Now, I’m not. I’m saying to myself, ‘That’s too self-indulgent. I’m not reading any further.’ Snap shut the cover. I’m saying, ‘This is too densely referential and all the research is ruining it for me.’ Regretfully pat and put back into library bag.

I’m not reading anything else that I don’t like. Even if the writer won the Nobel.

The fact is, when I became  a professional writer, I started listening to what people told me about writing. About mine, about other people’s… I rather lost my own sense of taste, my own understanding of what is good and what is not. I’ve got no beef with Louise Rennison – she’s dead funny. But I’ve had the fiction director of my publishing house sit down with me and ask me if I thought I could write more like her.  And felt bad because I didn’t think I could ever say yes.

Well, goodbye to all that. Life is too short to read books you don’t like…and much too short to write them.

I’m afraid my taste in writing, like my hair, is becoming, once again, completely irrepressible. My hair colour might change again. But that won’t.

Afore Ye Go

Image

At railway stations, there used to be large signs advertising Bells Whisky. ‘Afore Ye Go’ was their slogan – in WWI, they gave away drams of whisky to disembarking troops.

The last time I wrote this blog, I thought I might be about to die. I’m not.

I also wrote about considering giving up writing. I’m not doing that, either.

But to be honest, I’ve considered giving up writing for years now. It’s been a hard time for me. I’ve had some rotten luck with publishers; good editors leaving or being forcibly retired and then me and my books pushed onto editors who didn’t want or like them, a publicity director getting sacked just when one of my books came out – so no review copies sent out – and then being pulled into a meeting for poor sales… I know I shouldn’t moan, but it does get to you, eventually.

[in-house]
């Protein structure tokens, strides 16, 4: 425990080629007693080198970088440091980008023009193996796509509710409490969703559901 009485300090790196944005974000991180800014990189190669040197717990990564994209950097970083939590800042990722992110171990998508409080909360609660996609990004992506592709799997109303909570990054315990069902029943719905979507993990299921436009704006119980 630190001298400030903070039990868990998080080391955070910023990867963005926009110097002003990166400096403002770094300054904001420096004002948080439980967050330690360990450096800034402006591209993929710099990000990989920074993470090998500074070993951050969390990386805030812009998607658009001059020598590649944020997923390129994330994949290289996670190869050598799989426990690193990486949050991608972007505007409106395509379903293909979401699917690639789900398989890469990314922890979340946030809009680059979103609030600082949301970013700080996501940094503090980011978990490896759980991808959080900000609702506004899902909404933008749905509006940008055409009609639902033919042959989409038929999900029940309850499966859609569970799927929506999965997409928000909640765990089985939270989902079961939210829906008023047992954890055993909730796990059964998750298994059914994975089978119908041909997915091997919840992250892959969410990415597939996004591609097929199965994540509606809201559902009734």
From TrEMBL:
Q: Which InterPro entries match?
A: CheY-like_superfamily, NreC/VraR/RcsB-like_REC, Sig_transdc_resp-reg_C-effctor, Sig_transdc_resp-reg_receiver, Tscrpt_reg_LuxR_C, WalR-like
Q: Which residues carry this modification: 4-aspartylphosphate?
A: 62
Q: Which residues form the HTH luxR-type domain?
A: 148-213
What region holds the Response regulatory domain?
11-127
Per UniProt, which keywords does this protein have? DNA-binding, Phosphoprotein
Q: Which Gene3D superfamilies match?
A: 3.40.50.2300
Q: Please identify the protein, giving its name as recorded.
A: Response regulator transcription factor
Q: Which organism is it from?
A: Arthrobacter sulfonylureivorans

I’ve done extraordinary things in order to write. I was engaged to a man who left me because I ‘spent too much time writing’. I used to wake up at four a.m. to write before cycling into Oxford Circus from Stoke Newington and working a ten hour day. I cycled because it was quicker and I could write longer. When we lived with my in-laws and I was trying to rewrite my first novel, I’d get up at five and get a lift with my father-in-law to a condemned house, which had been owned by friends. I had a small paraffin heater, and I’d take a flask of tea. Toilet facilities were a bit grim.

I used to be passionate about my writing. But I’d taken so many punches (at work and in publishing) that all the passion had been punched out of me.  I kept on writing in fits and starts, but I had no confidence, so I had no passion. It certainly didn’t seem more important than, say, the laundry, or a pile of marking. Nobody seemed to value it, so I didn’t either.

When I thought I might be about to die, I really had to ask myself: do you want to keep doing this? If you only have a few years left, do you want to spend any of it alone in a room, typing?

Something extraordinary has happened as a result. I’ve rediscovered my passion. I’m saying, ‘No, I can’t make breakfast, sweetie, I have to write.’ I’m saying, ‘I can’t finish this marking in the time I’ve got because I can’t work ten hours a day unpaid.’ I’m saying, ‘Mummy loves you very much, darling. Now go and do something else for another hour.’